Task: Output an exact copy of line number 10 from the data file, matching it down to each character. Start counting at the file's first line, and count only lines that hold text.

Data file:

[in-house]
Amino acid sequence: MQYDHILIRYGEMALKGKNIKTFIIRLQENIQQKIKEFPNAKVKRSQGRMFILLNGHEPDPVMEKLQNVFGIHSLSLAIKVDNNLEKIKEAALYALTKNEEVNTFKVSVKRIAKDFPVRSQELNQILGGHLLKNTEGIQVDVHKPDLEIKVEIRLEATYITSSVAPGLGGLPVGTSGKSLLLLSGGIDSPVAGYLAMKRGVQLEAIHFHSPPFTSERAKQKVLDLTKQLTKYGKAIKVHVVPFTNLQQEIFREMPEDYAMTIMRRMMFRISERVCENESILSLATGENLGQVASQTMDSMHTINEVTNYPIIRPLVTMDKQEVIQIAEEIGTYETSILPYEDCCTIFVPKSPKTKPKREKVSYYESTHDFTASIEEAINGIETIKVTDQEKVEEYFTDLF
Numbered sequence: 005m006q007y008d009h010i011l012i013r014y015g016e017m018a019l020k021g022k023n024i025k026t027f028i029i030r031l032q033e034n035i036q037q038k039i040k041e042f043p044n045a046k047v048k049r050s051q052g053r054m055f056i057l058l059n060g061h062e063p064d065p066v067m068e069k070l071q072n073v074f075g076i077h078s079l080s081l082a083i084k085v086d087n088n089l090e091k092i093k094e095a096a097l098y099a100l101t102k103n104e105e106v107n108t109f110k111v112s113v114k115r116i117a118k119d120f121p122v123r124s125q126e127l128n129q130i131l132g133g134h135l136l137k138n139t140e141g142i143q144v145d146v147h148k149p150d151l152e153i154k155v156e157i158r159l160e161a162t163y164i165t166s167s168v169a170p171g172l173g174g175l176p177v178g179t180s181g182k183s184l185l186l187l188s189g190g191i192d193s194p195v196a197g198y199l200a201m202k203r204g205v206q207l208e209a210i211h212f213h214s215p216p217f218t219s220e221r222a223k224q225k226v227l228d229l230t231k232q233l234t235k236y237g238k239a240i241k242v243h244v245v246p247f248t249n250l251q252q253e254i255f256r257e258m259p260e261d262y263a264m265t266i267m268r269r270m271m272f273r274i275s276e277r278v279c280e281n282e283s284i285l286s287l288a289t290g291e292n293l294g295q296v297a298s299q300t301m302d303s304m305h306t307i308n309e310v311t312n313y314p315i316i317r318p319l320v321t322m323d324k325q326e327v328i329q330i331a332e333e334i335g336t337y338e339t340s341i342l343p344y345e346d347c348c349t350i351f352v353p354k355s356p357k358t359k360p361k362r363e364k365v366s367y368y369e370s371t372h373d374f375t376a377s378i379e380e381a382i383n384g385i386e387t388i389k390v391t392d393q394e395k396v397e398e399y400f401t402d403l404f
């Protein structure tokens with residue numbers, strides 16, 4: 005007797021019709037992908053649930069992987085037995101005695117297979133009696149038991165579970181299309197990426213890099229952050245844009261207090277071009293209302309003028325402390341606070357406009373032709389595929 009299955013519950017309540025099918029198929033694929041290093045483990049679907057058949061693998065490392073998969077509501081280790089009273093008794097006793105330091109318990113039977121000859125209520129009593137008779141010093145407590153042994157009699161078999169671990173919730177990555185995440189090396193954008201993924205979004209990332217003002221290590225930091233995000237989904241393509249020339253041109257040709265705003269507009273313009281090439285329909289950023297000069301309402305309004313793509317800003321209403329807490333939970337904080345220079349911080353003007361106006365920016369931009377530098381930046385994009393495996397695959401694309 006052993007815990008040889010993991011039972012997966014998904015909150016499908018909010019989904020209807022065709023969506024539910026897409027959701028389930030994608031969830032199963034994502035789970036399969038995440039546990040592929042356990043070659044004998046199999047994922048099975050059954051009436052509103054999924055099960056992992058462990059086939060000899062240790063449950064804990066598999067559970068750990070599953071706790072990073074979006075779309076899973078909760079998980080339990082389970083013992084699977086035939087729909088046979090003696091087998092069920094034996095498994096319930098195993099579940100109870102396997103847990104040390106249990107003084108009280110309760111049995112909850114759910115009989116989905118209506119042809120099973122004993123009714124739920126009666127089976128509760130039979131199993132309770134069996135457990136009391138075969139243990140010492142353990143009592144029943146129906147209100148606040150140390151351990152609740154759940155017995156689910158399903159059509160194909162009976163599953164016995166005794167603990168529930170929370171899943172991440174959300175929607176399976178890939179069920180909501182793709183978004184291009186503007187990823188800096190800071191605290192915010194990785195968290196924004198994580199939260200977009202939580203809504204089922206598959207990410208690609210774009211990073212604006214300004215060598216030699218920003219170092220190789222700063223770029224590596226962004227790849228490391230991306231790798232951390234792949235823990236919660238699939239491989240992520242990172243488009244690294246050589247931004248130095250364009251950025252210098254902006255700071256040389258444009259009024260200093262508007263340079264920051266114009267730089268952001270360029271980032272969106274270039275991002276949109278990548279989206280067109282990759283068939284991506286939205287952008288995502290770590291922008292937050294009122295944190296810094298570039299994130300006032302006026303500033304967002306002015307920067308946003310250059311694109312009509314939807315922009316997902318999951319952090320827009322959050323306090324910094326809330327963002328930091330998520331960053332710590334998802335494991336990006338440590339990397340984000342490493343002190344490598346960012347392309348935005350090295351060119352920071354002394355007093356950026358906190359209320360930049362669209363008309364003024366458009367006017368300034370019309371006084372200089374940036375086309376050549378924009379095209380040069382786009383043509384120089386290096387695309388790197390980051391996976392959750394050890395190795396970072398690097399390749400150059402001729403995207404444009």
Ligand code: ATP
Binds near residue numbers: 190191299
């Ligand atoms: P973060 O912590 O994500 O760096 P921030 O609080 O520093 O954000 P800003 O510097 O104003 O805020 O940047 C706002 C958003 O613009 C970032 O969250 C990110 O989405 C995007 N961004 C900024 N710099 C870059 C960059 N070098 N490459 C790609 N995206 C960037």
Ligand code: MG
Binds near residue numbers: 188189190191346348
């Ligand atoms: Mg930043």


């Ligand atoms: Mg930043």